Do flowers still bloom if no one is around to see them?
Just because the Fort Worth Botanical Garden is currently closed doesn’t mean you can’t enjoy a stroll through the grounds.
Touring the FTW Botanical Gardens doesn’t require a plan . . . strolling, gazing, sniffing the flowers . . . are all perfect ways to spend an afternoon. But for overachievers, here’s a map to ‘plot’ out a strategy for your next in-person visit.
There’s loads of shade, but this is Texas, fellow visitors. Keep in mind: afternoon heat, intensely-bright sun, and a fair level of humidity.
Hats–especially light-weight or loosely-woven–are always a good idea.
Water bottles are permitted (except in certain canteens or restaurants on the garden grounds).
Personal or casual photos are permitted, even encouraged, but professionals need to obtain permits at time of admission. PHOTO RULES
Always practice LNT (Leave No Trace).
Read – and heed – the signs. There are loads of botanical explanations & FUN facts located throughout the gardens. There are cautionary signs, as well. Leave the rocks–ALONE–in the Japanese Gardens. Please Don’t Pick Their Daisies . . . or any other flowers, buds, or blooms for that matter. Don’t stray off the walking paths. (Tender vegetation is always under cultivation at the gardens. Don’t walk on their buds.)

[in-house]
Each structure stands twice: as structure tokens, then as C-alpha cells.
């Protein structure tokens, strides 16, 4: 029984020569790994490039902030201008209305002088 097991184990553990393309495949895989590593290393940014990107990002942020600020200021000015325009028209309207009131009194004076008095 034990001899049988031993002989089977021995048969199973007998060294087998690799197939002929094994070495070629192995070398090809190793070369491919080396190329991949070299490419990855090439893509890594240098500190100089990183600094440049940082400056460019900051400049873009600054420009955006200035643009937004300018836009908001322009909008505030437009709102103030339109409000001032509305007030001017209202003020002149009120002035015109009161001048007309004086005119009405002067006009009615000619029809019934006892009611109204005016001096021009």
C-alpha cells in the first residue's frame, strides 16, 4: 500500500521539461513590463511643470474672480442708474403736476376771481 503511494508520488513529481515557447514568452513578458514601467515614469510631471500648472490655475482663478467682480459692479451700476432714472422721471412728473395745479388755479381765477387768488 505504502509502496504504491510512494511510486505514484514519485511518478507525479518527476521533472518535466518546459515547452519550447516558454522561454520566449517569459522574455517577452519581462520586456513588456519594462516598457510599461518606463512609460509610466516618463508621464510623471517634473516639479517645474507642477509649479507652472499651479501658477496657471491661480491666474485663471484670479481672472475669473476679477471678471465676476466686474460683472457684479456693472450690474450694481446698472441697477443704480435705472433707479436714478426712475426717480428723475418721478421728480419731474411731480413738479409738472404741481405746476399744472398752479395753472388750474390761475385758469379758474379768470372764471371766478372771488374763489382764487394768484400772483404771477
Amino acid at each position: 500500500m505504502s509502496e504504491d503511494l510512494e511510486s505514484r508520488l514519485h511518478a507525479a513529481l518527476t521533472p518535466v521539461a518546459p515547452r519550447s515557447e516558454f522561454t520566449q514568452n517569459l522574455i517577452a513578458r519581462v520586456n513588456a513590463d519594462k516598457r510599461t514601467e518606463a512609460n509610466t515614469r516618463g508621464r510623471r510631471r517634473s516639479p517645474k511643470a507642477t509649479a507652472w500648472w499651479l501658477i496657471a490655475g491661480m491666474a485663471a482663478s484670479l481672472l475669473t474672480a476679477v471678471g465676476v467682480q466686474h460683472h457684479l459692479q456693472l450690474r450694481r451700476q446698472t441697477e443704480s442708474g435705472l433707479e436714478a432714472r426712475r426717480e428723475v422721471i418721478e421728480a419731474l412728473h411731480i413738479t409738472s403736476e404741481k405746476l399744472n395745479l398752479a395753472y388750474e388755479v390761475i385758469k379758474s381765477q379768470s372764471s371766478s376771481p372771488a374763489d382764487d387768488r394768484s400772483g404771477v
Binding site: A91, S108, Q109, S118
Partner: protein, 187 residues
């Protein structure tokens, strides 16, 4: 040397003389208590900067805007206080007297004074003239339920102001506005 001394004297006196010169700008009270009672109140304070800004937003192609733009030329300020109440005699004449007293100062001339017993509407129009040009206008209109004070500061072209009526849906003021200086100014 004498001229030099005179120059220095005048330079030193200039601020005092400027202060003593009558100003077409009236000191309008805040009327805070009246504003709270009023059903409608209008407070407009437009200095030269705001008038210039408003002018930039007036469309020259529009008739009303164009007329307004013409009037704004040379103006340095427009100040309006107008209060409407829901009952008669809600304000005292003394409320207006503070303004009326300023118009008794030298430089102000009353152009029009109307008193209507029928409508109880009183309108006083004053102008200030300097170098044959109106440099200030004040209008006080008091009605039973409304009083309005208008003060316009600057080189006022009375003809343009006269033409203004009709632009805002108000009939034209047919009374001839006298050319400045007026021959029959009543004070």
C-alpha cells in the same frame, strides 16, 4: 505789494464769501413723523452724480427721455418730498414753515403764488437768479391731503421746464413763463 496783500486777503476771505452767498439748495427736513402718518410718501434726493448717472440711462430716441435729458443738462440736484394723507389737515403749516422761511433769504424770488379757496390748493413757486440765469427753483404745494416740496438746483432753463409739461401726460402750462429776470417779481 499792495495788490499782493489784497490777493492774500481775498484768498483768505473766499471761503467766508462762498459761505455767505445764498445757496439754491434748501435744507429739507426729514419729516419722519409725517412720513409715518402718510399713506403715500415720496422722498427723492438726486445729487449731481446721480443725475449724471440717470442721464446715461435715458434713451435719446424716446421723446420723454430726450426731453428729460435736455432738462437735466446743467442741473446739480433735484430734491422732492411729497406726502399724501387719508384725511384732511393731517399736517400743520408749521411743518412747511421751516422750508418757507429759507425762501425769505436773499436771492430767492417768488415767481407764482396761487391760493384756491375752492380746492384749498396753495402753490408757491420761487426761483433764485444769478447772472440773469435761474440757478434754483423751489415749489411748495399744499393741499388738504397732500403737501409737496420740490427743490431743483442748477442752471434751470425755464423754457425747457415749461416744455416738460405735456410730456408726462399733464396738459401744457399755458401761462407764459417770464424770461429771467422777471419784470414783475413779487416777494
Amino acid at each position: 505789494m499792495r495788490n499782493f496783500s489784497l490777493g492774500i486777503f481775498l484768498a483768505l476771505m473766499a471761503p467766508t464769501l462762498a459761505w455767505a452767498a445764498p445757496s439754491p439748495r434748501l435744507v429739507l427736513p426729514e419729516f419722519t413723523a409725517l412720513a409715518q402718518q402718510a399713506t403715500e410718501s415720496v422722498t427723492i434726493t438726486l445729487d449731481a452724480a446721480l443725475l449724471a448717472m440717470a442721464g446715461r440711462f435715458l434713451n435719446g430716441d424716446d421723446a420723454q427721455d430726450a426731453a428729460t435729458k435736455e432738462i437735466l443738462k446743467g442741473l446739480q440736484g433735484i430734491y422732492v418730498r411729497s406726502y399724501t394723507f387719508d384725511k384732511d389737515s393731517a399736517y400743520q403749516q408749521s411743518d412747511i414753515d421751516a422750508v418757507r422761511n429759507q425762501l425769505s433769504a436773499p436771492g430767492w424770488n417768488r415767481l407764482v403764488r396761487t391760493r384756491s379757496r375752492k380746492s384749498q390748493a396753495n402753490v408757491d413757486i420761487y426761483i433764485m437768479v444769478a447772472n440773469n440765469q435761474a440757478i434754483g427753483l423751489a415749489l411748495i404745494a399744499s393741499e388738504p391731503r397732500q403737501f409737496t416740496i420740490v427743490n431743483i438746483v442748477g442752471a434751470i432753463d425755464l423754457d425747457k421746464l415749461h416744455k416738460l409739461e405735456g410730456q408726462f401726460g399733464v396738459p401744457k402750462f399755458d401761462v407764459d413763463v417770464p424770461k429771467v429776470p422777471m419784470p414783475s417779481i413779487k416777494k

However for this visit, don’t worry about rules. Enjoy my casual photos from the Fort Worth Botanical Gardens.
The blooming trees were inside the Japanese Gardens, which is an internal garden included with a Botanical Garden ticket.
The Japanese Gardens follow the tradition of Mono no Aware, which means bittersweet. This is an area of quiet, serene beauty that offers visitors a stroll down pathways filled with tranquility.
Additional beauty to finish out your walk through the Botanical Gardens, Fort Worth, TX.
Nature is meant to be enjoyed.
In times of chaos, focus on everyday beauty that abounds and find peace in the moment.
Analytical cookies are used to understand how visitors interact with the website. These cookies help provide information on metrics the number of visitors, bounce rate, traffic source, etc.
The _ga cookie, installed by Google Analytics, calculates visitor, session and campaign data and also keeps track of site usage for the site's analytics report. The cookie stores information anonymously and assigns a randomly generated number to recognize unique visitors.